it behooves us to know and understand, that we may deal justly with ourselves
and with one another” (Howells, Criticism
and Fiction 47). It is in this passage that he adopts a democratic standpoint
as he calls for truth and justice in fiction and in life. He observed realism
as “democracy in literature,” which led him to critique the romance for “its
enslavement to past conventions, its idealization of subject matter, and its
aristocratic pretensions” (Kaplan 18, 16). As Kaplan observes, “romance becomes
a catchword in his lexicon for an elitist conception of culture as the
inherited and well-guarded property of the upper classes” (16). It is a form
that Howells came to connect with “the leisured gentleman of letters,” a figure
who, in the larger culture, was increasingly and pejoratively being associated
with the feminine, and consequently with leisure and consumption (Kaplan 16).

The subject of divorce provided Howells the opportunity to
show himself as a serious-minded author, who focused on matters of social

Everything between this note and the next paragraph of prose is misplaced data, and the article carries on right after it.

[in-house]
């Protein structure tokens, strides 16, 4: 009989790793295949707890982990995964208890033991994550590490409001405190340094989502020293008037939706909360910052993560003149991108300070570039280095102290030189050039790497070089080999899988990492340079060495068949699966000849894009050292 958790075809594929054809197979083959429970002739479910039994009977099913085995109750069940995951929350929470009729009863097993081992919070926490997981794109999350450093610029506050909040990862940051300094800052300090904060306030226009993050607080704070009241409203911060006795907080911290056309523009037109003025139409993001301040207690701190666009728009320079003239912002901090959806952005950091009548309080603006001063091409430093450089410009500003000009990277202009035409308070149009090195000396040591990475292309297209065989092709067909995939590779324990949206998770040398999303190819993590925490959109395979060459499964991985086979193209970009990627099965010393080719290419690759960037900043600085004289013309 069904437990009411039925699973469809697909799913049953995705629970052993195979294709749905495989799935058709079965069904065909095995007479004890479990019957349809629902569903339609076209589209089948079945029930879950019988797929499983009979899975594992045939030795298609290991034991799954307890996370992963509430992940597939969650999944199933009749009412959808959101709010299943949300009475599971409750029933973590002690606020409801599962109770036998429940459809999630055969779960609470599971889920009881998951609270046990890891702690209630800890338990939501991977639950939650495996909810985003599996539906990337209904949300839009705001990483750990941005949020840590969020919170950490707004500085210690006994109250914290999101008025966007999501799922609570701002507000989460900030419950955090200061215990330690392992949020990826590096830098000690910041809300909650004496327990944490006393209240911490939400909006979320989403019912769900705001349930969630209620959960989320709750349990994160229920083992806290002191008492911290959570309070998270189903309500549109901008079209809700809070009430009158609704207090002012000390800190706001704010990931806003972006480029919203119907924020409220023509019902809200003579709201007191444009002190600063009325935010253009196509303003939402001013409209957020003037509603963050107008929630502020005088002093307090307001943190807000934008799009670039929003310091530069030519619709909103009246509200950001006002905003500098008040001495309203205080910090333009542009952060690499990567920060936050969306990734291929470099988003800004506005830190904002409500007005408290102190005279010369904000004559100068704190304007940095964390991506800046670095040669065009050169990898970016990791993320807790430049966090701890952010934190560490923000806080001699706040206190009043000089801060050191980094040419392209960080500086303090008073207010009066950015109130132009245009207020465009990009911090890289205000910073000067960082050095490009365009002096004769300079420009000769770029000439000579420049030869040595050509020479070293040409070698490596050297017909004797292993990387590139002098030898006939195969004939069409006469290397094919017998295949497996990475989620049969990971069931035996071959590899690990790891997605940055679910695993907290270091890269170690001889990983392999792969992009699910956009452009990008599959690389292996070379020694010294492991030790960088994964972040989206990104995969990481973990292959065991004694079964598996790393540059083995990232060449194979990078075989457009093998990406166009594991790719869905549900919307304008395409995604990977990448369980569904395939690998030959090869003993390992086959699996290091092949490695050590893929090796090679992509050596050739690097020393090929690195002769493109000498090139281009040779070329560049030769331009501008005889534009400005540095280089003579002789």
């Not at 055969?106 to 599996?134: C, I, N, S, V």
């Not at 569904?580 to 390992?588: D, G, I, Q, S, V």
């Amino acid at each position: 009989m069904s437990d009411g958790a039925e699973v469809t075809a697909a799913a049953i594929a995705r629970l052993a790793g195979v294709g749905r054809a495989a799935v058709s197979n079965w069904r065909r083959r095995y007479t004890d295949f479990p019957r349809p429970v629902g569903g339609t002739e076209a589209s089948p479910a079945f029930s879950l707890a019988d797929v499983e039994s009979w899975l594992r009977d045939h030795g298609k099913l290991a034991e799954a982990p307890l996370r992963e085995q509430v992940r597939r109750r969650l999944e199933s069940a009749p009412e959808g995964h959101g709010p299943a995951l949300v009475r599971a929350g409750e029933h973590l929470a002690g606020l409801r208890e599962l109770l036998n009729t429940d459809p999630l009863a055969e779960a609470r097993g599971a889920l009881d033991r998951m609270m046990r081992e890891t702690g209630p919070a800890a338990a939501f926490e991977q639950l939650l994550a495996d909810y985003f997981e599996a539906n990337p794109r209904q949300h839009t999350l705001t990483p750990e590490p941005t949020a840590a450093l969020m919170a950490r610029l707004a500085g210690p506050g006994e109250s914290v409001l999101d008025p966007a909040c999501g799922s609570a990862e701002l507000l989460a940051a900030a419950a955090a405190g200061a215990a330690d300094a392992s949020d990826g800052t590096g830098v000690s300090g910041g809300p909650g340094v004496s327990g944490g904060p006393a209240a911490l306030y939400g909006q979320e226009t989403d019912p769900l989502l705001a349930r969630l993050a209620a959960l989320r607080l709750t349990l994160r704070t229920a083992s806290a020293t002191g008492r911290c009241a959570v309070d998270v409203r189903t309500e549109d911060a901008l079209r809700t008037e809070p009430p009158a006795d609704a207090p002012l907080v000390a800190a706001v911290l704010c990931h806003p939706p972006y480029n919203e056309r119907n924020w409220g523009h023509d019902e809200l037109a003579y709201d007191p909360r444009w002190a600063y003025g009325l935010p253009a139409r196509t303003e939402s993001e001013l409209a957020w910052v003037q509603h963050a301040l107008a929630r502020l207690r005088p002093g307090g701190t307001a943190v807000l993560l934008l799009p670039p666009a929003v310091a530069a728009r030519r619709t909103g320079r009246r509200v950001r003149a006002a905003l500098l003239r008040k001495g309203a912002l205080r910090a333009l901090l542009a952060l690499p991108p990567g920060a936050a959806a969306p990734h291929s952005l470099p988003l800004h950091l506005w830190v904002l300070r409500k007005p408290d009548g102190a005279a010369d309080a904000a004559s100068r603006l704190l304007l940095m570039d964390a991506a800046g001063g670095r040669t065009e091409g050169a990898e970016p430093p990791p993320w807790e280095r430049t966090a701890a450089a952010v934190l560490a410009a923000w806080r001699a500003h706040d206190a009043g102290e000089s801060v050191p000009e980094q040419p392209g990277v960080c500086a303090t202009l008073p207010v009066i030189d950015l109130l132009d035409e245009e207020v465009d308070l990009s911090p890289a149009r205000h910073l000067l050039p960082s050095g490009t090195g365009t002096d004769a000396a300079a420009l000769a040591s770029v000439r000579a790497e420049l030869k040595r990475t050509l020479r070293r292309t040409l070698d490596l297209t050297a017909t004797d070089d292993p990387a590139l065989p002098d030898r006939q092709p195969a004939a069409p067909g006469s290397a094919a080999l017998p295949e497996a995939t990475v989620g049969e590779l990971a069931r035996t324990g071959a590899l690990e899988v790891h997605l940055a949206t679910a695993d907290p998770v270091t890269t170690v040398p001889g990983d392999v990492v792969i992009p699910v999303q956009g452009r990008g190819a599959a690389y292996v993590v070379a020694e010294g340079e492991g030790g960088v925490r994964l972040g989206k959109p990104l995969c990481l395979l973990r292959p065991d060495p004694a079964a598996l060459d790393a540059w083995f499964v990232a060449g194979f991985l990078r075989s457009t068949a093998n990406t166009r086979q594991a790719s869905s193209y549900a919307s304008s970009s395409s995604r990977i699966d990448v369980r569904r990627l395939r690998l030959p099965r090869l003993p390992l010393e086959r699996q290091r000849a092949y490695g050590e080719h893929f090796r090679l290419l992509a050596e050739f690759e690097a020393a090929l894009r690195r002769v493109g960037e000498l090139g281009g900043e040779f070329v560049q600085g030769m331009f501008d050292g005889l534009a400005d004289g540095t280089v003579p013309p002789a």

significance. With his democratic philosophy, Howells wanted to disturb a
class-bound order that hindered the growth of democracy in the same way he
wanted to put a truthful spin on the usual love plot. Howells recognized that
divorce carried the potential to do both, in real life and in fiction. However,
not without complications. Riley explains how, “After the American Revolution,
the customary view of marriage as a patriarchal structure was increasingly
challenged by an emerging ideal of companionate marriage – a union based on a
partnership of friends and equals” (55). The new “ideal” stressing “partnership,”
encouraged the commonality that Howells strove for in real life and in
literature. However, as Riley recognizes, it was an ideal and Howells, as a
realist, was “skeptical of idealism in any stripe” (Morgan 24).

Howells ties Halleck’s emotional weakness to his romantic urges—urges
that Howells observed as possibly dangerous fiction and reality. These are
impulses that make themselves clear early on and stop him from completely
sympathizing with the character. When introduced to Halleck, we discover that
he has had his heart fixed on an “unknown charmer,”—a woman in a picture that
he has not met (Howells, A Modern
Instance 150). We later become aware that the “unknown charmer” is Marcia.
The photograph serves as a “token of his ideal woman, ideal not only because of
her beauty but because she was pure image, unattainable and unknowable” (Freeman
32). As Marcia becomes a reality, he persistently clings to the idealistic
image. Howells implies that this ultimately causes his downfall. For example,